On 8 April, I spoke by phone to Vugar Khalilov, a former BBC journalist who ran Kyrgyzstan’s first professional PR agency. Among his clients was the government of President Kurmanbek Bakiyev, and as revolution in the country raged, he organised a telephone interview for me with Bakiyev, who had fled to the south of the country. Four days later, he was arrested by the country’s new authorities.
Ever since, Khalilov has been held in a basement cell at the offices of the country’s Security Services. He has been charged with money laundering, something most of his friends say is unthinkable.
But whatever the rights and wrongs of Khalilov’s particular case, it raises broader ethical questions. In a region of dictators, many of them more brutal and corrupt than Bakiyev, should international PR professionals happily take on suspect clients? And if they do, should they be held accountable if things go wrong?
Many of the unpleasant countries in the region have taken on major global PR firms to work on their international image. Belarus, dubbed the “last dictatorship in Europe”, for a while retained London-based Bell Pottinger to aid its international image. Ketchum runs the Kremlin’s PR machine. Even the most closed and undemocratic Central Asian state – Turkmenistan, has German consultants Goetzpartners working on its image and drumming up investment.
PR professionals working for countries like this are bound to come across unsavoury aspects of the ruling regimes and this presents them with a dilemma. “Your professional duty is to present your client’s position as clearly as possible. But there will be cases and clients where the only ethical position is to resign the account – or not take it up in the first place,” says Patrick Worms of Brussels-based Ecosolutions, who was in charge of media relations for the Georgian government until 2008. He claims that by and large the Georgian government wanted to do the right thing, making the occasional mistakes acceptable. But, he says, the same cannot be said for most of the other countries in the region.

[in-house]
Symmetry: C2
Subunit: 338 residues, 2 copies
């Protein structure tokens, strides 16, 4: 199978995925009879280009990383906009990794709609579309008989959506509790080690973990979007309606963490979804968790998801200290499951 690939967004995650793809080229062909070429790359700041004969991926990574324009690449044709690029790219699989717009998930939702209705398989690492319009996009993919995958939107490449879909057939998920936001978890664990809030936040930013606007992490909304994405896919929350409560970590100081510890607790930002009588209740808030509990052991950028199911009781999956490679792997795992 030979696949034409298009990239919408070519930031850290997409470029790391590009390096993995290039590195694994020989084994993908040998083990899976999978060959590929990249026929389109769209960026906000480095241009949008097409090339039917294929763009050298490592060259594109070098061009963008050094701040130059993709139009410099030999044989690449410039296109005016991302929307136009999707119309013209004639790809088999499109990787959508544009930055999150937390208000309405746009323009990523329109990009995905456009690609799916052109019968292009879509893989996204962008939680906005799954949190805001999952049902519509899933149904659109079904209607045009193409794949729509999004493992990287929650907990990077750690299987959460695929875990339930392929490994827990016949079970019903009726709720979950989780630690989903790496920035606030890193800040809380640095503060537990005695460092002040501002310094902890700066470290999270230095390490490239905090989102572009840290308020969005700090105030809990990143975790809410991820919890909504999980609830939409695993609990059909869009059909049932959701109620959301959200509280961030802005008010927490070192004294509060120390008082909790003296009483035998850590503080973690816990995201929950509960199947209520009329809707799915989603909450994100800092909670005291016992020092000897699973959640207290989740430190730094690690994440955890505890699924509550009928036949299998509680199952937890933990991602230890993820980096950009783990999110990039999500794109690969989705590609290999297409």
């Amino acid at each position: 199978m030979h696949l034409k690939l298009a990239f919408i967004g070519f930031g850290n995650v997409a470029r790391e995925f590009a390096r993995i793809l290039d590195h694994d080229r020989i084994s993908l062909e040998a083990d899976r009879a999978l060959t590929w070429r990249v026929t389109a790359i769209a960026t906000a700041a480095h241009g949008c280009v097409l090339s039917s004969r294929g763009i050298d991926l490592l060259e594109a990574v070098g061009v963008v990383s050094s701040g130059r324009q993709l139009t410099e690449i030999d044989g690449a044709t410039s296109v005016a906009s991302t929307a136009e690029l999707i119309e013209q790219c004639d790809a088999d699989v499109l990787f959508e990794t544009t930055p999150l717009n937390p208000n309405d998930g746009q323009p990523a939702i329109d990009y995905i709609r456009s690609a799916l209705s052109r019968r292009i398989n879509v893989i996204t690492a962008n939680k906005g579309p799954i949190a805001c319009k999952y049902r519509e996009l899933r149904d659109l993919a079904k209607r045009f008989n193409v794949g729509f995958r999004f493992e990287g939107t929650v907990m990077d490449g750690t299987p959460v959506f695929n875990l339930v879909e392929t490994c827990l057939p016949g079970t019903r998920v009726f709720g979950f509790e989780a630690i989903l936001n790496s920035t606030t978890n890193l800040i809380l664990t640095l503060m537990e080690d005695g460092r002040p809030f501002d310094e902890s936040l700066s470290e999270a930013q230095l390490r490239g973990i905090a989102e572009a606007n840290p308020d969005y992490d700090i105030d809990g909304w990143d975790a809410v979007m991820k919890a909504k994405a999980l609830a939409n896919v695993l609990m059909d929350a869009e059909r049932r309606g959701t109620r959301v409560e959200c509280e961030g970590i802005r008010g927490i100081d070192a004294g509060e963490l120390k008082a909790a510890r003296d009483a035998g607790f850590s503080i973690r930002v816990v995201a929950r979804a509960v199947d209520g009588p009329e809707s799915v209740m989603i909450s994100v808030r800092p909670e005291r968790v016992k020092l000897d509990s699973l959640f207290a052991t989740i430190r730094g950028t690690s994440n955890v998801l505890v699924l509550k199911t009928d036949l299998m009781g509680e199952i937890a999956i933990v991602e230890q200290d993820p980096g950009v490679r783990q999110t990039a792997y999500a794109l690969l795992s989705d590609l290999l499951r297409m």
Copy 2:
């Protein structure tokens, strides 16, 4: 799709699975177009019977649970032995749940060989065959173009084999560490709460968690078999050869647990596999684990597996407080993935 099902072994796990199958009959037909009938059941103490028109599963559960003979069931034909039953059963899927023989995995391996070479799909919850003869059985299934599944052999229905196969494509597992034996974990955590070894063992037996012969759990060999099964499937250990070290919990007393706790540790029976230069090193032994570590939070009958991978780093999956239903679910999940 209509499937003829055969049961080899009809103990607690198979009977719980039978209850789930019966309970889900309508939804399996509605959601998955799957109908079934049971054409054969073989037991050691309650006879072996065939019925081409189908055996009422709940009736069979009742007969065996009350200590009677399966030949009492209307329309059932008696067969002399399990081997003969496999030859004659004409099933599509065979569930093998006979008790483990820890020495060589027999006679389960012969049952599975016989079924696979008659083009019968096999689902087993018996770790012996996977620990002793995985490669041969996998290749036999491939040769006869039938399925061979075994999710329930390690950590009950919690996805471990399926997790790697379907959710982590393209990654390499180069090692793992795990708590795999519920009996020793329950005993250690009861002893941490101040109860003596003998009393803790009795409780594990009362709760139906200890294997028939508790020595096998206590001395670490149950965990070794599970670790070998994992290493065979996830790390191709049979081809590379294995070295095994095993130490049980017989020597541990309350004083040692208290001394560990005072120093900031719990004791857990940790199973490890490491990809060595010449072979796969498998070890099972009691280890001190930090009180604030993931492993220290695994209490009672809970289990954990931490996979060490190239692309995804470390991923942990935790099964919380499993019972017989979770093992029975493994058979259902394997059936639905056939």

“Any self-respecting professional has to take that decision before taking on any client, whether corporate or governmental. Your duty is to educate yourself before saying yes. Ignorance is not an excuse.” Others strongly disagree. “If I was offered money by a regime I knew to be unsavoury simply to set up meetings with the international press to put their views across, I don’t have a problem with that,” says Edward Baumgartner, a London-based independent communications consultant, who specialises in the former Soviet region. “If they wanted me to attempt to buy positive coverage, or do parliamentary lobbying, however, that’s a different question.”
“PR people help build dialogue between corporations or political leaders and the media; they are an essential tool for transparency in business and government,” agrees another London-based PR consultant who has known Khalilov for years. It’s true, he says, that some might think it unethical to offer services to a country that is clearly suspicious or criminal. “But PR people should never be arrested. There’s a boundary between the unethical and the criminal.”